BICO response to Rastin & Assoc Blog on How ATE Insurance can affect Trial Costs

Default photo used for BICO response to Rastin & Assoc Blog on How ATE Insurance can affect Trial Costs

The BridgePoint Financial Group (BICO) has requested the opportunity to comment on two recent posts concerning how ATE premiums affect trial costs. Note that the blog below and the comments therein, are the thoughts and opinions of John Rossos of BICO, and not necessarily of Gluckstein Lawyers.

The BridgePoint Financial Group pioneered legal cost protection in the Canadian market and currently offers both financing and legal cost indemnity protection to over 800 law firms and their clients across Canada. We are uniquely qualified to assist counsel in all aspect of litigation risk management. We wish to address how counsel may address Justice Milanetti's findings in Markovic v. Richards, 2015 ONSC 6983 (CanLII) (Markovic) to successfully recover the indemnity fee.

We believe there are compelling reasons for a claimant to recover the cost of the indemnity fee, or ATE insurance premium, and that counsel should take a fresh approach to litigating this issue.

We raise the following points to challenge Justice Milanetti's decision:

1. Legislative Reform: The absence of legislation requiring a defendant to pay for the cost of legal cost protection is not a valid reason for denying the recovery of this cost either as an assessable cost or a special damage. Legal cost protection is a novel product that requires the law to adjust and adapt to innovation in the market. Where a claimant has been harmed by the actions of another and, as a direct consequence, they are forced to bear a cost to manage risk, conventional legal principles ought to apply to ensure the claimant is made whole.

2. Discretionary Expenditure: Most expenses incurred to advance litigation are discretionary, including the costs of expert reports. Acquiring legal cost protection provides the claimant with a critical form of litigation risk management and, given their unique financial circumstances, may be a key aspect of their litigation strategy.

3. Advancing the Litigation: Legal cost protection not only advances the litigation, it facilitates access to justice. The claimant is often of limited means. An adverse cost award could have a significant financial impact on the claimant even if the claimant is impecunious. This has been seen in Lakew v. Munro, 2014 ONSC 7316 (CanLII) and Leochko v. Rostek, 2013 ONSC 7899 (CanLII) where the plaintiffs were seemingly judgment proof but adverse cost awards were still sought by the defendants. The financial consequences for an insurer are de minimis since they are able to spread the cost across a large population of policy holders. The imbalance in economic resources between the claimant and the insurer puts pressure on the claimant to settle their claim and obtain less than fair compensation. This undermines the principal objectives of our civil justice system and denies the claimant proper access to justice. Accordingly, by acquiring legal cost protection, a claimant is able to fearlessly advance the litigation and obtain fair compensation for their losses.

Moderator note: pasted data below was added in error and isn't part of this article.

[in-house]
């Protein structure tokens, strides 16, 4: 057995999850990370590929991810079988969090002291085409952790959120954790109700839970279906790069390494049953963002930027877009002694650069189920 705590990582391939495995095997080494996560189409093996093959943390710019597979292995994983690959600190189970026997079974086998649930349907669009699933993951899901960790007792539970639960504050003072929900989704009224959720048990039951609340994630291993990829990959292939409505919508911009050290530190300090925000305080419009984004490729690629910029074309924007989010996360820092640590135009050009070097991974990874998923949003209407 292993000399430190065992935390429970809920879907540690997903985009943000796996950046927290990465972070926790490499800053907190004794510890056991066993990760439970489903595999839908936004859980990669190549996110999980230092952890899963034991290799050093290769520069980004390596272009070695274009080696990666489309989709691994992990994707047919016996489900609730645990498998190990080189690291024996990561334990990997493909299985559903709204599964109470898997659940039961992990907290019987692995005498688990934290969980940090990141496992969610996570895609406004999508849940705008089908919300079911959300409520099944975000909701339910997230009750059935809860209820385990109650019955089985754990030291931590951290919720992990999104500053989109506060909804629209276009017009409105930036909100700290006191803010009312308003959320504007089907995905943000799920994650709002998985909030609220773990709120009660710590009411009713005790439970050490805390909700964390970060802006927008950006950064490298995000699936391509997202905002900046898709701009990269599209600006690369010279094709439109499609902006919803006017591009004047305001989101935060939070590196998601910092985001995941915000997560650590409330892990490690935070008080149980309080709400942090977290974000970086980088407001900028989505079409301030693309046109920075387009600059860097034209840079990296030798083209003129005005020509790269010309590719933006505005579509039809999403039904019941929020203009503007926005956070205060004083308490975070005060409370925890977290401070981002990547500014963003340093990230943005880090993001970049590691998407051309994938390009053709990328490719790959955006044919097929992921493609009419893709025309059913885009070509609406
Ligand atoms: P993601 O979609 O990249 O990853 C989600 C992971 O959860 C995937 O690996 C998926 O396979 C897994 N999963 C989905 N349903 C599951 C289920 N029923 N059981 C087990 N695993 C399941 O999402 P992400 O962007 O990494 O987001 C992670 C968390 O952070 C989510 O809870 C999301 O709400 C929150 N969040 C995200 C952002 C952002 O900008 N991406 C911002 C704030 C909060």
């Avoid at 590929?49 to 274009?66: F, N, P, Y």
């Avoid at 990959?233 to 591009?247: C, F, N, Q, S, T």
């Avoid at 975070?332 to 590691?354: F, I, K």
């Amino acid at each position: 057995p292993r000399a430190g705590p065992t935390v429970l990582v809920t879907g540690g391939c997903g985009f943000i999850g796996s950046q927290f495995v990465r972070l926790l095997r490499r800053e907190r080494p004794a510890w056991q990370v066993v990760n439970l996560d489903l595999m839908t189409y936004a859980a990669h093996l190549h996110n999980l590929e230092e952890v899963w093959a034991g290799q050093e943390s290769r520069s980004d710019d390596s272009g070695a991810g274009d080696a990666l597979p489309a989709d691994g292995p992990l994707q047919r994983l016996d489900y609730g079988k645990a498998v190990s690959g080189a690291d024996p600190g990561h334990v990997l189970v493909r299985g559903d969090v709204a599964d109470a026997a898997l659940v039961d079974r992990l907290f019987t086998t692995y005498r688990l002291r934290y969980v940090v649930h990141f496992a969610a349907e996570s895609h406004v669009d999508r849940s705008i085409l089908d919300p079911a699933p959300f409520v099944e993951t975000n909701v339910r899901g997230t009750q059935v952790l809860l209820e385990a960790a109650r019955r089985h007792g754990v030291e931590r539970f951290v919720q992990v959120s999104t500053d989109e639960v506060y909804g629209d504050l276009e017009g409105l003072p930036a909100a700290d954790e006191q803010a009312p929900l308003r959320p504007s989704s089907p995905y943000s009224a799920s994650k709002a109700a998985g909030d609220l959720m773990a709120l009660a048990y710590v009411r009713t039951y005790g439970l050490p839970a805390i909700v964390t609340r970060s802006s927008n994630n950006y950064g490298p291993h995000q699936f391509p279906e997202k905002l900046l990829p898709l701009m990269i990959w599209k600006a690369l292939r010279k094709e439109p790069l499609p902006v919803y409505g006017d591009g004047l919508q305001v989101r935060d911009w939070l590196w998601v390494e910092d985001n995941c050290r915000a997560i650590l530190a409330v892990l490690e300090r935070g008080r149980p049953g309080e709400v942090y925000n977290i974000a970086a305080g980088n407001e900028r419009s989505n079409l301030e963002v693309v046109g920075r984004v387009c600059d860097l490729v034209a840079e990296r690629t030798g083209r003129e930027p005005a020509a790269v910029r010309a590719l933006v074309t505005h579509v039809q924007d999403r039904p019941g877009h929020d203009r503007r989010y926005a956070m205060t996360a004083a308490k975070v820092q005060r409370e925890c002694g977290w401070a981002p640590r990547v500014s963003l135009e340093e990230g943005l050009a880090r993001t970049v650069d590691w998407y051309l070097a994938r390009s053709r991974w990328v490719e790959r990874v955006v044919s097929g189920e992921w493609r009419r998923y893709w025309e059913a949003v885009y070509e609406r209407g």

4. Disincentive to Resolve the ActionThere is an inherent contradiction between Justice Milanetti's concern that legal cost protection does not advance the litigation while simultaneously claiming that it acts as a disincentive to resolve the action.

The terms and conditions of legal cost protection agreements exclude protection where a claimant behaves unreasonably by rejecting reasonable offers to settle or otherwise does not prosecute their claim in a timely way causing the claim to fail for want of prosecution. 

What Markovic does not discuss is whether recovery of the indemnity fee can be claimed as a special damage. Whether the fee is sought to be recovered as an assessable cost or as a special damage will depend on the specific facts or circumstances of the claim and whether an evidentiary foundation has been made which supports the claim for recovery.

Markovic may have been too advanced for the claim to be amended to include recovery of the indemnity fee as a special damage by the time the Plaintiff obtained legal cost protection. Therefore, plaintiff's counsel may have had no choice but to seek recovery of the cost as an assessable disbursement.

In our respectful view, Markovic still leaves it an open question as to whether an amendment to the pleading would have changed the result:

1. Were there specific facts or circumstances surrounding the claimant that compelled them to seek legal cost protection?

2. Was there a shift in the risk exposure that the claimant faced during the litigation process that required them to seek greater legal cost protection in order to advance their claim?

3. Was the defendant's behaviour a factor?

4. Are there compelling strategic reasons to seek recovery of the cost as an assessable cost rather a special damage?

Markovic should be viewed as the first, and certainly not the last word, on whether an indemnity fee is a compensable disbursement.

As this area develops in Canada, we will continue to monitor and report on any new developments. Please contact us if you have any questions.

John Rossos is an Ontario lawyer and co-founder of BridgePoint Financial Group.


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